Politicians’ Prescriptions for Marijuana Defy Doctors and Data

New York Times—June 26, 2014

New York moved last week to join 22 states in legalizing medical marijuana for patients with a diverse array of debilitating ailments, encompassing epilepsy and cancer, Crohn’s disease and Parkinson’s. Yet there is no rigorous scientific evidence that marijuana effectively treats the symptoms of many of the illnesses for which states have authorized its use.

Instead, experts say, lawmakers and the authors of public referendums have acted largely on the basis of animal studies and heart-wrenching anecdotes. The results have sometimes confounded doctors and researchers.

The lists of conditions qualifying patients for marijuana treatment vary considerably from state to state. Like most others, New York’s includes cancer, H.I.V./AIDS and multiple sclerosis. Studies have shown that marijuana can relieve nausea, improve appetite and ease painful spasms in those patients.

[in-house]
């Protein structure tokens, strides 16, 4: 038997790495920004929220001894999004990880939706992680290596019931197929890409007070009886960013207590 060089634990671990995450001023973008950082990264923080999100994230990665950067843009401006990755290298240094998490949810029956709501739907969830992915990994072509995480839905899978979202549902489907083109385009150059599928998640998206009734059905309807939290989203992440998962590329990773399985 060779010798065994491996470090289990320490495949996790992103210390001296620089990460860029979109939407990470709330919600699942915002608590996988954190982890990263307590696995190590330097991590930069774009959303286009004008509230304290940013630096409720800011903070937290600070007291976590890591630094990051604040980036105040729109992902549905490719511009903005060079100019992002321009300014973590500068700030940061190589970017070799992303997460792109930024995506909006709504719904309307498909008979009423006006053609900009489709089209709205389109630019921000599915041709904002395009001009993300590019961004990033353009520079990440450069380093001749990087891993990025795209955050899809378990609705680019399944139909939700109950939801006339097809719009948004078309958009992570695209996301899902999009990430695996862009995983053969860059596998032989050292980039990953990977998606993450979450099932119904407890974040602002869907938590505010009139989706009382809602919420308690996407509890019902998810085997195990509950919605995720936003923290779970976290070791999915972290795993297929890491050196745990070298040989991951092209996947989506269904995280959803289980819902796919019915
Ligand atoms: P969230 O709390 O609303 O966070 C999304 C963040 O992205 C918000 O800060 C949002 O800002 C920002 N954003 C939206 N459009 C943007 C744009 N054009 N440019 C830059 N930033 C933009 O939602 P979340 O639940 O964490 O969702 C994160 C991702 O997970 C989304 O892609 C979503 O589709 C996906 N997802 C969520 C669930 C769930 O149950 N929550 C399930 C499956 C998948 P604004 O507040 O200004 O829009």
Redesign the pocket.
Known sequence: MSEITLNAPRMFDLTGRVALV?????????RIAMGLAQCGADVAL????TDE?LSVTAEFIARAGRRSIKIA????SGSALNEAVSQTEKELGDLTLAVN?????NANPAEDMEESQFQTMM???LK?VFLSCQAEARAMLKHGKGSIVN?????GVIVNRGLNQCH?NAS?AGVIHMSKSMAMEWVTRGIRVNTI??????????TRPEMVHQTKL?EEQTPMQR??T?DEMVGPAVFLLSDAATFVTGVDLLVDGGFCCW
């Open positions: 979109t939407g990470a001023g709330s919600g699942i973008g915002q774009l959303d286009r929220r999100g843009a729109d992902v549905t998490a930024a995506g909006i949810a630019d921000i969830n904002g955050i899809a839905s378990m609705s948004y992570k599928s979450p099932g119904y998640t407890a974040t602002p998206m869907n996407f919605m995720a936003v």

The dearth of data has not prevented legislators and voters across the nation from endorsing marijuana for more than 40 conditions. Patients with rheumatoid arthritis, for instance, qualify for marijuana treatment in at least three states.

New York considered including the chronic inflammatory disease on its list, a development that astonished Dr. Mary K. Crow, an arthritis expert at the Hospital for Special Surgery, in Manhattan. People with rheumatoid arthritis have higher rates of certain respiratory problems, she noted.

“Inhaling into your lungs is not a great idea with rheumatoid arthritis, given the substantial number of patients who have lung disease,” Dr. Crow said. (The final version of New York’s law prohibits smoking marijuana and did not end up including rheumatoid arthritis.)

Read the full article on nytimes.com.

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